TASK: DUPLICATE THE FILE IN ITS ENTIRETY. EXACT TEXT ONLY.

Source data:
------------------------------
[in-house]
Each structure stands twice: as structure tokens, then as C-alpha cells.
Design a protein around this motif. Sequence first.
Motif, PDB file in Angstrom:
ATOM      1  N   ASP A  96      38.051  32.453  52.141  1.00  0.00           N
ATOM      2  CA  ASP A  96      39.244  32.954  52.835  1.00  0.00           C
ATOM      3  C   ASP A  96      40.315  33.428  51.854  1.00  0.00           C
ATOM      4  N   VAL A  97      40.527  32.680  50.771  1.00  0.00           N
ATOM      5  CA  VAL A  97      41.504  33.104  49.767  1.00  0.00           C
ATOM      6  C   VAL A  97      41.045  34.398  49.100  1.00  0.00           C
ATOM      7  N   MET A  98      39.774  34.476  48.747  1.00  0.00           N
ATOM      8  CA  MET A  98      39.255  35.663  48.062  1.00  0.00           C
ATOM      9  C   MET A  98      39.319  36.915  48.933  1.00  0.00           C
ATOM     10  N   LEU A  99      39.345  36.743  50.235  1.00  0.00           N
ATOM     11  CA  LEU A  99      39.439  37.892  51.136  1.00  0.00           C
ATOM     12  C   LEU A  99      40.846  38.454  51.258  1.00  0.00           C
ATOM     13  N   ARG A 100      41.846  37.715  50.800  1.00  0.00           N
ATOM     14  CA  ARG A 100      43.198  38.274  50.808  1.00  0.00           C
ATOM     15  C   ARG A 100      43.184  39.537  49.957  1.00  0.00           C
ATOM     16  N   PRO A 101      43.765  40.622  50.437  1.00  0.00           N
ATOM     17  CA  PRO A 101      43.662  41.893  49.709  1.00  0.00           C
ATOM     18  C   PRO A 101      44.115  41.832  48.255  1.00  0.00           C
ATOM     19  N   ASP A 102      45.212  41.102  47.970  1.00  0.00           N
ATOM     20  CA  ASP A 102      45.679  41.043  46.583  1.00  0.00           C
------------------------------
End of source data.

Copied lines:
[in-house]
Each structure stands twice: as structure tokens, then as C-alpha cells.
Design a protein around this motif. Sequence first.
Motif, PDB file in Angstrom:
ATOM      1  N   ASP A  96      38.051  32.453  52.141  1.00  0.00           N
ATOM      2  CA  ASP A  96      39.244  32.954  52.835  1.00  0.00           C
ATOM      3  C   ASP A  96      40.315  33.428  51.854  1.00  0.00           C
ATOM      4  N   VAL A  97      40.527  32.680  50.771  1.00  0.00           N
ATOM      5  CA  VAL A  97      41.504  33.104  49.767  1.00  0.00           C
ATOM      6  C   VAL A  97      41.045  34.398  49.100  1.00  0.00           C
ATOM      7  N   MET A  98      39.774  34.476  48.747  1.00  0.00           N
ATOM      8  CA  MET A  98      39.255  35.663  48.062  1.00  0.00           C
ATOM      9  C   MET A  98      39.319  36.915  48.933  1.00  0.00           C
ATOM     10  N   LEU A  99      39.345  36.743  50.235  1.00  0.00           N
ATOM     11  CA  LEU A  99      39.439  37.892  51.136  1.00  0.00           C
ATOM     12  C   LEU A  99      40.846  38.454  51.258  1.00  0.00           C
ATOM     13  N   ARG A 100      41.846  37.715  50.800  1.00  0.00           N
ATOM     14  CA  ARG A 100      43.198  38.274  50.808  1.00  0.00           C
ATOM     15  C   ARG A 100      43.184  39.537  49.957  1.00  0.00           C
ATOM     16  N   PRO A 101      43.765  40.622  50.437  1.00  0.00           N
ATOM     17  CA  PRO A 101      43.662  41.893  49.709  1.00  0.00           C
ATOM     18  C   PRO A 101      44.115  41.832  48.255  1.00  0.00           C
ATOM     19  N   ASP A 102      45.212  41.102  47.970  1.00  0.00           N
ATOM     20  CA  ASP A 102      45.679  41.043  46.583  1.00  0.00           C